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#201 Adam Nagy

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Posted 15 April 2009 - 06:59 PM

I feel quite suspicious right out of the gate. My experience tells me that the announcing of such ahead of time -- as profound and compelling -- signals an attempt to sell me something that is anything but compelling. If it's profound and compelling it's not hard to sell, by definition, like expecting the sun to rise tomorrow.

So, you've been asking me questions, and I've been answering. Now tell me: what is this "profound and compelling" evidence of which you speak, and what does it compel one toward?

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Hold your horses. While I would love to see you saved and I am intent on sharing the gospel with anyone God leads me to. I would like to get after some core issues first, if that's okay?

I'm just letting you know that people and intelligent people who have struggled through these issues also found it compelling. I'm not saying anything about you. I'm stating a fact. Do you disagree that many thoughtful people are greatly compelled by Jesus of Nazerath?

Basically, while some scoff at the notion of God and the evidence around Jesus others search and find the revelation of God as revealed in scripture, the condition of their own hearts and the sign posts for God around us, as more valid and conclusive than the very laws that govern nature.

I don't want to debate particulars with you yet because I think we would get lost in a sea of confusion but I would like to know what your epistemological foundation is and if it is sound and capable of withstanding scrutiny. Are you game?

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Posted 15 April 2009 - 07:16 PM

Hold your horses. While I would love to see you saved and I am intent on sharing the gospel with anyone God leads me to. I would like to get after some core issues first, if that's okay?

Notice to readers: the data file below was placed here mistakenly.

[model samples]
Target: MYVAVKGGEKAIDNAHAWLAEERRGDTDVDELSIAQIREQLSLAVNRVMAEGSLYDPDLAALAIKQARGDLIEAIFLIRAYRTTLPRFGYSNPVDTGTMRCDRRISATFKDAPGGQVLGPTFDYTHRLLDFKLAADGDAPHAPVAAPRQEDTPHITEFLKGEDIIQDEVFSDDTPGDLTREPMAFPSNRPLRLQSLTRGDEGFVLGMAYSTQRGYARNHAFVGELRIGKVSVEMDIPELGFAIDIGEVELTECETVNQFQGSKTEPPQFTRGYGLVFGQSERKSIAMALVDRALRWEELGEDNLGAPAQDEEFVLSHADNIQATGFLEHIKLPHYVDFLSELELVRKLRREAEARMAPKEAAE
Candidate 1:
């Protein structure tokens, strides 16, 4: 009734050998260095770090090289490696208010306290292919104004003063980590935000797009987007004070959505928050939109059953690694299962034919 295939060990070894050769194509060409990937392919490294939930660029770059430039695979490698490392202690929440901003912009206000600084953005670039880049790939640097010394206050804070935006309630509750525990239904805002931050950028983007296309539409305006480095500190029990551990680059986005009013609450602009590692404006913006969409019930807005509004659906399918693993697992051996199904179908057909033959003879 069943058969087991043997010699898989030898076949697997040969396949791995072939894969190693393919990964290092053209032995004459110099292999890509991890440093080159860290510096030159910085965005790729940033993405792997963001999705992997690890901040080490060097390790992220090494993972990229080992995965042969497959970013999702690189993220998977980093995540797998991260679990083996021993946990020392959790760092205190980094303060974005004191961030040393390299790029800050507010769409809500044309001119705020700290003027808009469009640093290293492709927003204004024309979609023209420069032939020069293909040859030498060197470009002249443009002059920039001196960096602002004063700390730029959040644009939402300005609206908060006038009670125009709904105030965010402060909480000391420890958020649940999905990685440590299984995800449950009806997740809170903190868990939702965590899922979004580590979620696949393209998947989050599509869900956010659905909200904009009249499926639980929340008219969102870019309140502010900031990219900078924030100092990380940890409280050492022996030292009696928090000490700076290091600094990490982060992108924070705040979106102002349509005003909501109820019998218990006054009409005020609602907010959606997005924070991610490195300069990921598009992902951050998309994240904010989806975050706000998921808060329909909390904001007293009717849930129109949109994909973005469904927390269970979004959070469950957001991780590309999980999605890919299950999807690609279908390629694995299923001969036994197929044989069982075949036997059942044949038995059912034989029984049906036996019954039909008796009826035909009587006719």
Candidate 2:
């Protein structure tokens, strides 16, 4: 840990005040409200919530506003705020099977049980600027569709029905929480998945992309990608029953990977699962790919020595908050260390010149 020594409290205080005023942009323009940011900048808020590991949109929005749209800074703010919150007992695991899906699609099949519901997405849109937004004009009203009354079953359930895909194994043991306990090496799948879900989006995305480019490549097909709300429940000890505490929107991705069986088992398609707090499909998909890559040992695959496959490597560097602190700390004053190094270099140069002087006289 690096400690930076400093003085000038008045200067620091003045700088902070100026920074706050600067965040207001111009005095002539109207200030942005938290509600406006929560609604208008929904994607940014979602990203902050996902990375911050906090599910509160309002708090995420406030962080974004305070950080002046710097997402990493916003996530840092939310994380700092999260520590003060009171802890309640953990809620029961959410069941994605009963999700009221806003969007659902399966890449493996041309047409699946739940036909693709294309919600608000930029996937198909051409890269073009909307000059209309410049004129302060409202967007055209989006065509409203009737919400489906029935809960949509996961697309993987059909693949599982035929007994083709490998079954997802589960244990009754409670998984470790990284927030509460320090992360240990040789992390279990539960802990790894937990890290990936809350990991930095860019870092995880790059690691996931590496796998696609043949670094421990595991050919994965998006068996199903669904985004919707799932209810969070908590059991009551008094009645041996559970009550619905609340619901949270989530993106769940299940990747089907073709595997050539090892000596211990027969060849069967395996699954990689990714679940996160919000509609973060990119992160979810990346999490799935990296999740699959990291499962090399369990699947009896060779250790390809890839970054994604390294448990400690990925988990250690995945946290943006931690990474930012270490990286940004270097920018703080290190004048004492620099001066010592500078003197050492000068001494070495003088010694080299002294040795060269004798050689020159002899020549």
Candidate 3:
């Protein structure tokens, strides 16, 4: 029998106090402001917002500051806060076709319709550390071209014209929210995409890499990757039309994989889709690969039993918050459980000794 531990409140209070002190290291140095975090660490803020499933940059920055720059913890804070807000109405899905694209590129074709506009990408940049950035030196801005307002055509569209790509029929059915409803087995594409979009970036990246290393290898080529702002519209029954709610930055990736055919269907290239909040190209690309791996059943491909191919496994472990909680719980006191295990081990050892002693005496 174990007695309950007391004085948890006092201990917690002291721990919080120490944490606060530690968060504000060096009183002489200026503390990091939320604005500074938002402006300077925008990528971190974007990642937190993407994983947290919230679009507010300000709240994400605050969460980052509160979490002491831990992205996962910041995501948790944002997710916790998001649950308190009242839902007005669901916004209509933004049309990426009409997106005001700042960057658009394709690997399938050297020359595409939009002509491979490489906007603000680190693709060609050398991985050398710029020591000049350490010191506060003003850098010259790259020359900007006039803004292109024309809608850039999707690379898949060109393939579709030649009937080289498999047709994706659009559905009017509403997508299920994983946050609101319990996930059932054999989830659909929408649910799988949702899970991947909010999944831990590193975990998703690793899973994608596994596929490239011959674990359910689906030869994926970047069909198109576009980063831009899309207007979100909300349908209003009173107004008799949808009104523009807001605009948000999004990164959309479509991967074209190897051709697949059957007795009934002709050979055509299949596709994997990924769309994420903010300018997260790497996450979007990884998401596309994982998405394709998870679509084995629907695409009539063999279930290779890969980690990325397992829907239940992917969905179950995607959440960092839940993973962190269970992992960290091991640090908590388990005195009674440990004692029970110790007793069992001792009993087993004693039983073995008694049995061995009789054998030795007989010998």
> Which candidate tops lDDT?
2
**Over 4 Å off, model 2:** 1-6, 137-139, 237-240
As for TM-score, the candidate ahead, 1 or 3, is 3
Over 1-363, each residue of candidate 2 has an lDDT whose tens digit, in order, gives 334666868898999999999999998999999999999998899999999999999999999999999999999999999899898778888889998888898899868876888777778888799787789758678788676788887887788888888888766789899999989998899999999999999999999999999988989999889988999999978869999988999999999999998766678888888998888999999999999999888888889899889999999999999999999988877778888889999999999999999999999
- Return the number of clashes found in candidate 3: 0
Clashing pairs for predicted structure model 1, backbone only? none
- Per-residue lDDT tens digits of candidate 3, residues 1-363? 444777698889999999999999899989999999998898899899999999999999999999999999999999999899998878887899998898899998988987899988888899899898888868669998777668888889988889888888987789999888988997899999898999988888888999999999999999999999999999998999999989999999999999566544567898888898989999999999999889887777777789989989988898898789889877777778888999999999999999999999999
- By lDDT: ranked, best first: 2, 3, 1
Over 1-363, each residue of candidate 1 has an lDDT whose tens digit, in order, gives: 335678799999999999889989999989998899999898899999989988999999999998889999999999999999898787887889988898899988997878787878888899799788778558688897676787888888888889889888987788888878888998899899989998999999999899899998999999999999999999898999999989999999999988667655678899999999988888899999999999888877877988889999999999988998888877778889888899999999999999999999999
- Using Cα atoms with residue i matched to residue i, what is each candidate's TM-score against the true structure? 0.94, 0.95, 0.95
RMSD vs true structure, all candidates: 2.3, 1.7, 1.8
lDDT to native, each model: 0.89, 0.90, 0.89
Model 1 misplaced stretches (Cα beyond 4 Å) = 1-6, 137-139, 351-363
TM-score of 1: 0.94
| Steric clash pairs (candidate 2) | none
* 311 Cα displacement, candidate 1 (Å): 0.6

Sure, that's fine.

I'm just letting you know that people and intelligent people who have struggled through these issues also found it compelling. I'm not saying anything about you. I'm stating a fact. Do you disagree that many thoughtful people are greatly compelled by Jesus of Nazerath?

Yes, of course. I was a Christian myself for 30-some years. I know many thoughtful people who are so compelled.

Basically, while some scoff at the notion of God and the evidence around Jesus others search and find the revelation of God as revealed in scripture, the condition of their own hearts and the sign posts for God around us, as more valid and conclusive than the very laws that govern nature.

I don't think it's something to scoff at. But you allude to the fundamental watershed here -- hearts, desires, subjective dispositions. These lead to very different "axioms" and intutions.

I don't want to debate particulars with you yet because I think we would get lost in a sea of confusion but I would like to know what your epistemological foundation is and if it is sound and capable of withstanding scrutiny. Are you game?

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Sure. that's why I'm here, so long as you'll stand to scrutiny yourself.

-TS

#203 Adam Nagy

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Posted 15 April 2009 - 07:40 PM

I don't think it's something to scoff at. But you allude to the fundamental watershed here -- hearts, desires, subjective dispositions. These lead to very different "axioms" and intutions.

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Since I'm a Christian I'm sure you're amply aware of my axioms. Here is a thread I started to see if a materialistic epistemology can stand up:

http://www.evolution...?showtopic=2241

#204 Yorzhik

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Posted 16 April 2009 - 06:46 AM

Sure, that's fine.

Yes, of course. I was a Christian myself for 30-some years. I know many thoughtful people who are so compelled.

I don't think it's something to scoff at. But you allude to the fundamental watershed here -- hearts, desires, subjective dispositions. These lead to very different "axioms" and intutions.